Santorini Prehistoric settlement of Akrotiri

Santorini - Prehistoric settlement of Akrotiri Santorini - Prehistoric settlement of Akrotiri

During the prehistoric times, Akrotiri was considered as one of the most important urban centres in the Aegean Sea. It is estimated that the first settlements were developed since the Post Neolithic Period (at least since the 4th milennium B.C.). The settlement of Akrotiri existed since the Early Bronze Age (3rd millennium B.C). During the Middle and Early Post Bronze Age (20th-17th century B.C.) this settlement was further developed and it became one of the most significant urban centres and ports of the Aegean Sea.

Its massive land (stretching over 200 acres), its exceptional urban planning, its drainage facilities, its multi-storey buildings with their exceptional wall paintings, their elegant furniture and household equipment add great value to its impressive urban development. A large number of imported products that were discovered inside these houses prove the wide angle of foreign affairs established in Akrotiri. It used to maintain close relations with Minoan Crete, but it was also in liaison with mainland Greece, the Dodecanese, Cyprus, Syria and Egypt.

Life in the city ended abruptly at the last quarter of the 17th century B.C. when its inhabitants decided to desert the island due to the strong earthquakes. The volcano’s eruption followed this incident. The volcanic matter that covered the city and the whole island itself managed to protect and preserve the buildings, a fact that is similar to what happened in Pompieia.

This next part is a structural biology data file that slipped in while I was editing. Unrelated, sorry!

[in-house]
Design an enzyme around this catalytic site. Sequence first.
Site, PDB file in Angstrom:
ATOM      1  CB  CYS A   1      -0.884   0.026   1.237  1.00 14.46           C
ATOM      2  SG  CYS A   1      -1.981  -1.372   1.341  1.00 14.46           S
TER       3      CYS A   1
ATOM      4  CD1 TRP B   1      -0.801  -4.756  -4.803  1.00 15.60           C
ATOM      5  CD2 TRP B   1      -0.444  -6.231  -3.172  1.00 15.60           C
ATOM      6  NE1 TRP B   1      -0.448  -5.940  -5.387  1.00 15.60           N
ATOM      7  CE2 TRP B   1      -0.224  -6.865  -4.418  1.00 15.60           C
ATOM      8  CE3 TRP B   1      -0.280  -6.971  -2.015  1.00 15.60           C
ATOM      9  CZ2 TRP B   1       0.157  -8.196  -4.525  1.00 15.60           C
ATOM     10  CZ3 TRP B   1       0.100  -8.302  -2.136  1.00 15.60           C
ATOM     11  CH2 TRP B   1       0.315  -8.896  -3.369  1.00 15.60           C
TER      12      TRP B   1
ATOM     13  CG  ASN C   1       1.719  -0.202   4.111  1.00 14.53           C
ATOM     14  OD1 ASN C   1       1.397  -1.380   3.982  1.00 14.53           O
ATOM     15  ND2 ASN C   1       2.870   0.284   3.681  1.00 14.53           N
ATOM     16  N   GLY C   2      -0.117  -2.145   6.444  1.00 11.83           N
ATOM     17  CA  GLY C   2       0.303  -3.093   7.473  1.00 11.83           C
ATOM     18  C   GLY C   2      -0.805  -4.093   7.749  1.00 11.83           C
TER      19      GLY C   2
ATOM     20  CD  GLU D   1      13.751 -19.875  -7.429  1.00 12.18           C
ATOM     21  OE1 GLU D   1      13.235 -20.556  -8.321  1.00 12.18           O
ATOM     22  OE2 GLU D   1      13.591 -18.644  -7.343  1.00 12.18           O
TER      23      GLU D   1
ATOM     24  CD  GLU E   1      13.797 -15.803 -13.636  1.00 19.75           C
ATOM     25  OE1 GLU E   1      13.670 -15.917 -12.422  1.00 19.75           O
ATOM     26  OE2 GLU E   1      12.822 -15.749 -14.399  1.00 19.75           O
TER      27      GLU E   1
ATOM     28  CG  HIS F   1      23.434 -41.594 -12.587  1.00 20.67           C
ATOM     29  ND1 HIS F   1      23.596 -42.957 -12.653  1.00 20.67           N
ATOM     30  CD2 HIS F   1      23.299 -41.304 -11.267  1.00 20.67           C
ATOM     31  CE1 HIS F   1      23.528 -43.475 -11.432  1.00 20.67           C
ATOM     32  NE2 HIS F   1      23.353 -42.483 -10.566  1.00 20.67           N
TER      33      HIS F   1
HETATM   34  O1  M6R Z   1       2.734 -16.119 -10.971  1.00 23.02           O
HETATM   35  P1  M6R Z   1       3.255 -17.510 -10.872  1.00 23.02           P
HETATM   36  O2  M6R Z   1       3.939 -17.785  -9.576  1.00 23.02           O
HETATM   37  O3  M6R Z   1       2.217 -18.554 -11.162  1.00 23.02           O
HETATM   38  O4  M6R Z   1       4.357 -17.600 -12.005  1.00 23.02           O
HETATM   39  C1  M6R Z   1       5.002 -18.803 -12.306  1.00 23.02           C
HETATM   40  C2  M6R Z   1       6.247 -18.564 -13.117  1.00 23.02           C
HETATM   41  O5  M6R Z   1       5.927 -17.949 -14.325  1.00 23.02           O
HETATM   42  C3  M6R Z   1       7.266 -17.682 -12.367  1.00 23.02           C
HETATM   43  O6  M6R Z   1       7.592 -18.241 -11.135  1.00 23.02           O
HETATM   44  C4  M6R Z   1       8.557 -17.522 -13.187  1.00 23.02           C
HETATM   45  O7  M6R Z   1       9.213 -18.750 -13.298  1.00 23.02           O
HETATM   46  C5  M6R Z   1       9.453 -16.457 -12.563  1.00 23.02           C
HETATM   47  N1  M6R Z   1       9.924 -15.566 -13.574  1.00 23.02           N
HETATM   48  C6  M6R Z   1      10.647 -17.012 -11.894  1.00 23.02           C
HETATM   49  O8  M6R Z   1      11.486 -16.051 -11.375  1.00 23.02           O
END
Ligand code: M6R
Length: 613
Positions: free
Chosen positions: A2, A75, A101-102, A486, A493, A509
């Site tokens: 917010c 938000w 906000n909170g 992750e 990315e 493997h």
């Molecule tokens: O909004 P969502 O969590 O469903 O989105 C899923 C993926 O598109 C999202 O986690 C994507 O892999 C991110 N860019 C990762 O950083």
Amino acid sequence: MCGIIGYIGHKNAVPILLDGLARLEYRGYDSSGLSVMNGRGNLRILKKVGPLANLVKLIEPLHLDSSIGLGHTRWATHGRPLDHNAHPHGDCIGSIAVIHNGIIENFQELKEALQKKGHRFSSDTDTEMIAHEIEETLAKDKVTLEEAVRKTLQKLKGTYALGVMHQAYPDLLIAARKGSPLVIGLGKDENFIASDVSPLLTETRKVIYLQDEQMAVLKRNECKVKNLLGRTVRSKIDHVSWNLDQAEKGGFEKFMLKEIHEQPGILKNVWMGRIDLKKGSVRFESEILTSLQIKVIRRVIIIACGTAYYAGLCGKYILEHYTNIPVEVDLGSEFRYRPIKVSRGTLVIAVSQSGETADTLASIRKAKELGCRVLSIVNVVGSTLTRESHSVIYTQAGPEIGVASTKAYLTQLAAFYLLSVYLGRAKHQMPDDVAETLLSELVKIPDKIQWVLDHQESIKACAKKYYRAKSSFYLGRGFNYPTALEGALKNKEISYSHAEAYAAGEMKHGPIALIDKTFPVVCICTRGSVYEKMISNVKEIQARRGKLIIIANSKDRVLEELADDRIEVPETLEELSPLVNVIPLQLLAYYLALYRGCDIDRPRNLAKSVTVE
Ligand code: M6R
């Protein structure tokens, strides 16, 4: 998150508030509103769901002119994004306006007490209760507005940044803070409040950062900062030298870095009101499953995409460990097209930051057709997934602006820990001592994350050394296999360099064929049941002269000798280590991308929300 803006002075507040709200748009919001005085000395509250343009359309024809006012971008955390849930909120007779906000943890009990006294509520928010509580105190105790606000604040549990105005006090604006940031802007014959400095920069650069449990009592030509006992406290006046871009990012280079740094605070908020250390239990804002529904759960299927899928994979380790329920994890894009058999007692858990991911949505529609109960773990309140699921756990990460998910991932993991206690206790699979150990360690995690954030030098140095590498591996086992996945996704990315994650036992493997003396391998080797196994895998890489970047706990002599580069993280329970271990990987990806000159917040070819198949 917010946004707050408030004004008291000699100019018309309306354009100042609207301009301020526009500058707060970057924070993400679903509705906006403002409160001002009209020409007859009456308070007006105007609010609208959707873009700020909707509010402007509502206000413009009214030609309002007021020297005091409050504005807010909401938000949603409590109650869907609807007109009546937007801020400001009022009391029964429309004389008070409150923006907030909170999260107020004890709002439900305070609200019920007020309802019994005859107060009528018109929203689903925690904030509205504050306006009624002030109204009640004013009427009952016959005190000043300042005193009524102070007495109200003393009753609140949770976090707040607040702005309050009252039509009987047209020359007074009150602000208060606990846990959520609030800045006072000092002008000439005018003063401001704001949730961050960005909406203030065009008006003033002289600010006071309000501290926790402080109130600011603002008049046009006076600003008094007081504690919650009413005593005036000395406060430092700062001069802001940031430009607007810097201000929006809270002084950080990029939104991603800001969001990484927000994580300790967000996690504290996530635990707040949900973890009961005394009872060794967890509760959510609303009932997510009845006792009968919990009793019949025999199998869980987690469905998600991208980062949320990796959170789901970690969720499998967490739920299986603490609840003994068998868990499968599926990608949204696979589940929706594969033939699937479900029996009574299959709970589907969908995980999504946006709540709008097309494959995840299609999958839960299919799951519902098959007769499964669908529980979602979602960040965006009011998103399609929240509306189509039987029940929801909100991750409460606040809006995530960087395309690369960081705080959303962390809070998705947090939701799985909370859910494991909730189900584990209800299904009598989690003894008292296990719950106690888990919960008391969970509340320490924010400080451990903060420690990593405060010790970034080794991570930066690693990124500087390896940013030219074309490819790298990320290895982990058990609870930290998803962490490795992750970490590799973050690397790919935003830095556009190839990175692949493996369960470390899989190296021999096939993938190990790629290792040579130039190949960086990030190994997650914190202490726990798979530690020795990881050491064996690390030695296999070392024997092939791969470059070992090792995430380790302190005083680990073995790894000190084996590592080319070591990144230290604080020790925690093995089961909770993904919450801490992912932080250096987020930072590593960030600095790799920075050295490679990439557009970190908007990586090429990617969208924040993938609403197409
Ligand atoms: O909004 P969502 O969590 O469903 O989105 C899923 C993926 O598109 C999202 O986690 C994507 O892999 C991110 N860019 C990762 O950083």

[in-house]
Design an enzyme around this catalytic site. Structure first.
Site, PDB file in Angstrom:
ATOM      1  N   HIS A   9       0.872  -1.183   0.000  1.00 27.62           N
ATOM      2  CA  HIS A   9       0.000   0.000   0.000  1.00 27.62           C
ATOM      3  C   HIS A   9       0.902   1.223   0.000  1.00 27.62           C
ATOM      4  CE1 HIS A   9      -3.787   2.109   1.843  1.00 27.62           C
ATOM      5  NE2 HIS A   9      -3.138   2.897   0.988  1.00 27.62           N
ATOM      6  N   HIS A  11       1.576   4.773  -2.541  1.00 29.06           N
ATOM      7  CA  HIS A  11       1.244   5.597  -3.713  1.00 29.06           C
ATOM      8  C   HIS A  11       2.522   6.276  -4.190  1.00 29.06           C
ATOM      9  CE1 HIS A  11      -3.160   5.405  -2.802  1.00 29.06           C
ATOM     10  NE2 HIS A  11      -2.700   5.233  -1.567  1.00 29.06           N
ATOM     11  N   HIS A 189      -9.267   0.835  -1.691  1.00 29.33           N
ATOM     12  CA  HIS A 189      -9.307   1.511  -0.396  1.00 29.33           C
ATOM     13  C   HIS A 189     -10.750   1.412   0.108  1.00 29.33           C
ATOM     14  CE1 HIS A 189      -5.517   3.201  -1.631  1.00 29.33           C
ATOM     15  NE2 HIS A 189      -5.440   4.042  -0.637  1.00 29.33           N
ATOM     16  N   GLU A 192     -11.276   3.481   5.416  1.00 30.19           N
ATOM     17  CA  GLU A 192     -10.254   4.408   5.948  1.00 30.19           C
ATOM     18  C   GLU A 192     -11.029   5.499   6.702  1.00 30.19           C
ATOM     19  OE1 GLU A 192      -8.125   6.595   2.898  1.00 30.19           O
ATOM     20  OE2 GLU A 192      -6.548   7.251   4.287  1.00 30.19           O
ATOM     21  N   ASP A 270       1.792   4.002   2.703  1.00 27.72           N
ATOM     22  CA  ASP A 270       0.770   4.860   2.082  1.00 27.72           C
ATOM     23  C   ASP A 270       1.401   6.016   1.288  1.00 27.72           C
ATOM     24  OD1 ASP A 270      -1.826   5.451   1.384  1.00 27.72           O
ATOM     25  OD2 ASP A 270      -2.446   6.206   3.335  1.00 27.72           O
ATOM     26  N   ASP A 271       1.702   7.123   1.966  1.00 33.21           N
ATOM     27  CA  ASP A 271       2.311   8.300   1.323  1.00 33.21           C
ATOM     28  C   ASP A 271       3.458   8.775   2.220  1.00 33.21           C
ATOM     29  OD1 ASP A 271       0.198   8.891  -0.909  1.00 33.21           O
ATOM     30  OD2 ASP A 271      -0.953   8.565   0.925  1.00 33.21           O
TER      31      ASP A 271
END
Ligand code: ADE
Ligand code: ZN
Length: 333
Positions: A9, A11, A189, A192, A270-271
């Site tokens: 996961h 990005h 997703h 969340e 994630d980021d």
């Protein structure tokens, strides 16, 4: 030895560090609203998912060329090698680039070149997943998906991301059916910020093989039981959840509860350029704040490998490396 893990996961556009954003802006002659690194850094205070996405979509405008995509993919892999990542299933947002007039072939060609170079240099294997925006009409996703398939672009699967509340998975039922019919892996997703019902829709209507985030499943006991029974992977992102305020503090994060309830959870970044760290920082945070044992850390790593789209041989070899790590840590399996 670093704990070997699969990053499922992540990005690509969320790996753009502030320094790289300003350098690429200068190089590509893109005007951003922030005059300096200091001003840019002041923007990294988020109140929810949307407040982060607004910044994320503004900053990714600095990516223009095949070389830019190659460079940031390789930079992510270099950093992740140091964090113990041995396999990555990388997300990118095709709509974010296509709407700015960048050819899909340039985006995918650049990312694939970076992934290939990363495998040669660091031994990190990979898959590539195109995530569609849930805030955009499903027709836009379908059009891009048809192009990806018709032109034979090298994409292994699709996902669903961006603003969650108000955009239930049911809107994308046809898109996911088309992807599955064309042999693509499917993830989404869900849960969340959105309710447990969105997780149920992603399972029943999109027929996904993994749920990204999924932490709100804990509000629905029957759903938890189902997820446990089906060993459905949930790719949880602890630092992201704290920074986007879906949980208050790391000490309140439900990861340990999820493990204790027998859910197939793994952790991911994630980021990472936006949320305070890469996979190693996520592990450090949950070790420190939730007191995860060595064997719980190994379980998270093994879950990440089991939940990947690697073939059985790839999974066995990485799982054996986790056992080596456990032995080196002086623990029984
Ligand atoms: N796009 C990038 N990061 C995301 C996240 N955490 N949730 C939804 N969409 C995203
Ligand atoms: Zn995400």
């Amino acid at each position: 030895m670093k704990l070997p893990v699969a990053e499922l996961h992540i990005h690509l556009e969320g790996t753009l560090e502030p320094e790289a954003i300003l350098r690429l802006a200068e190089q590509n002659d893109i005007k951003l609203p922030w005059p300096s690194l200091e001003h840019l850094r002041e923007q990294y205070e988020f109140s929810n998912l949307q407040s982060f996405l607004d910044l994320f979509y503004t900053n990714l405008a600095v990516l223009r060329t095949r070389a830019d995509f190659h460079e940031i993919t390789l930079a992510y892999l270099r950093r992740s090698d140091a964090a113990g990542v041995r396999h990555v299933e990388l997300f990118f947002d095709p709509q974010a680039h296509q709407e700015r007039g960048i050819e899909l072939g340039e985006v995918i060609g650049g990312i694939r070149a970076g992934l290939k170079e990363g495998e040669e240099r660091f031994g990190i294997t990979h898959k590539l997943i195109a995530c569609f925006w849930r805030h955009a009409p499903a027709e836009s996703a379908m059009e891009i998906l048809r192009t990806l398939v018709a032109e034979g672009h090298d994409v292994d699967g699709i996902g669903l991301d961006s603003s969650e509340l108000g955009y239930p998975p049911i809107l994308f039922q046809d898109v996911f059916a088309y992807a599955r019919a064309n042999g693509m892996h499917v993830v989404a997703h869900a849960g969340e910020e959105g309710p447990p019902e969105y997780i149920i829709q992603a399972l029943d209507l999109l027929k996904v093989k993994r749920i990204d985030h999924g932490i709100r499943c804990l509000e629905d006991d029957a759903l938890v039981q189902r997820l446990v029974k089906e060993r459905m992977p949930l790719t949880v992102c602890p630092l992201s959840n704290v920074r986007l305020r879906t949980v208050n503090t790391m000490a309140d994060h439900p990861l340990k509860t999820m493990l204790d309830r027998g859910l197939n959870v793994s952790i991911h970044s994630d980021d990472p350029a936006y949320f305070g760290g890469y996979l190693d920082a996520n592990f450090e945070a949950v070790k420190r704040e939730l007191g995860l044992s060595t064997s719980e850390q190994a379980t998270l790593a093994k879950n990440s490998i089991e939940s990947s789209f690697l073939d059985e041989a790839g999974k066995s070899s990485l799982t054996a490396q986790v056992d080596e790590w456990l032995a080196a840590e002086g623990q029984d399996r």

After the second half of the 19th century, data about the fact that Thera’s Akrotiri was inhabited during the prehistoric period started being brought to light.

The systematic excavations in Akrotiri began in 1967 with the initiative of Professor Spyridonas Marinatos under the Archaeological Company of Athens. Prof. Marinatos decided to excavate Akrotiri hoping that he will be able to prove the theory he had published back in the 1930s, based on which Thera’s volcano caused the collapse of the Minoan Crete. After his death in 1974, this excavation continued under the supervision of professor Christos Ntoumas.


-You can find more information about the monuments and architectural structures and in


You can admire these findings in the museum of Prehistoric Thera, in Fira. The archaeological site is now open to visitors, as the construction of the new bioclimatic cover roof has been completed.

Opening hours: 10.00-17.00

For more info call: +30 22860 81939 and the museum of Prehistoric Thera at:+30 22860 23217

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